Last year at this time I had no idea what my summer would be like, having been freshly selected as North Carolina's Teacher of the Year. I knew that I would be working all summer (NC TOYs immediately become 12 month employees - for the rest of their natural lives...) but I wasn't sure what I would be doing. As it turns out last summer wasn't much different from the remainder of my Teacher-of-the-Year-year with lots of speaking engagements, board meetings, presentations, workshops, etc.
This year I have a better idea of my summer plans, and I have some really cool things going on. But I have to tell you, cool things aside, I feel a twinge of envy reading classroom teachers' (and students') Facebook countdowns to the end of school: "four days left!" I remember all too well that excitement (I always encourage the entire faculty to line up and do the can-can as our buses leave the lot on the last day.) And I remember those summers when my own kids were little - we'd be by the pool every day, cheering on the swim team...at the beach...sleeping late...
When schools first began to have computers in the mid 90's, teachers were allowed to "check out" a desktop for the summer. I would load that monstrous machine in the back of my car, along with a printer that fed paper with holes-along-the-side, so that my kids could practice word processing. As it turns out, they mostly practiced the game Oregon Trail. They actually got pretty good at it, while I always got bitten by a rattlesnake or died of malaria.
While thoughts of those fun summers "off" are etched in my memory, this summer I will be accompanying fifteen teachers and the Center for International Understanding on a trip to Denmark. We'll be visiting schools there, studying Denmark's wind-energy, and staying with a Danish family. I'm most excited about visiting Odense, the city of Hans Christian Andersen's birth (he's called H.C. Andersen there.) I have many memories of the story of The Little Matchgirl: my great grandmother, who was a school teacher in a one room school house, used to tell me that story when I was a little girl. I'm also looking forward to visiting the Kronborg Castle in Elsinore - Hamlet's castle! (This English major will probably cry.)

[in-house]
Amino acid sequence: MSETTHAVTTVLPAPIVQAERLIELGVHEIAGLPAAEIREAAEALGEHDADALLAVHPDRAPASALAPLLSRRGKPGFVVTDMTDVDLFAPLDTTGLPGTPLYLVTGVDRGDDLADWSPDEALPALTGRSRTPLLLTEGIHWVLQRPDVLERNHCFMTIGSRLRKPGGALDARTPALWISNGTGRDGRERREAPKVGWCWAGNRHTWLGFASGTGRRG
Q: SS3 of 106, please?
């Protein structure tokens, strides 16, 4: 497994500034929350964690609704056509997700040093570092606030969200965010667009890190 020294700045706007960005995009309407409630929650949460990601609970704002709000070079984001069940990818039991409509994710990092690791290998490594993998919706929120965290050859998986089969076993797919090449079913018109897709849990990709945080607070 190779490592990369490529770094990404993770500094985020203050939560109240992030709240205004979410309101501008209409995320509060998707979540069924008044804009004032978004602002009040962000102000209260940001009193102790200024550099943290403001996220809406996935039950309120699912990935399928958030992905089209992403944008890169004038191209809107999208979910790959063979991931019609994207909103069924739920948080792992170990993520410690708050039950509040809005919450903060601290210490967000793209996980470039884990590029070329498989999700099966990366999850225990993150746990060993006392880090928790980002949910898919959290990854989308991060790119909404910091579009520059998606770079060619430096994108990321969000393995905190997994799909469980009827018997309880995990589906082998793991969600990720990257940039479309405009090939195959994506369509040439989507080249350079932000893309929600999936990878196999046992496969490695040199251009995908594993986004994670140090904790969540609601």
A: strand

My next big adventure will be to reunite with the State Teachers of the Year in Nashville, Tennessee as we convene at the National Forum on Education. Clayton Christensen, author of Disrupting Class, will be speaking, along with other engaging presenters, but we'll also fit in time for site-seeing in Music City!
And last, again with the State Teachers of the Year, I'll be able to play pretend - and this time I'll be an astronaut! We're going to Space Camp in Huntsville, Alabama. I've heard that this is an amazing experience and that we get to float around in zero gravity, among other things.
So...yes, I'll be doing some wonderful things this summer, but even so, I'll miss those lazy, crazy days. Last weekend my granddaughter and I played together on one of the first really warm days, one that ended with a thunderstorm that frightened Taylor. I told her we'd just turn up the music really loud to drown out the thunder.
Then we danced.
Later, after Taylor went home, the following poem found its way to my Writer's Notebook:
an apricot sun
in the backyard
all you heat haters
in the air conditioned
a blue-tailed salamander
a waggy, spotted-tongue
the storms away
("turn up the music, Nana!")
in the summer,
made for children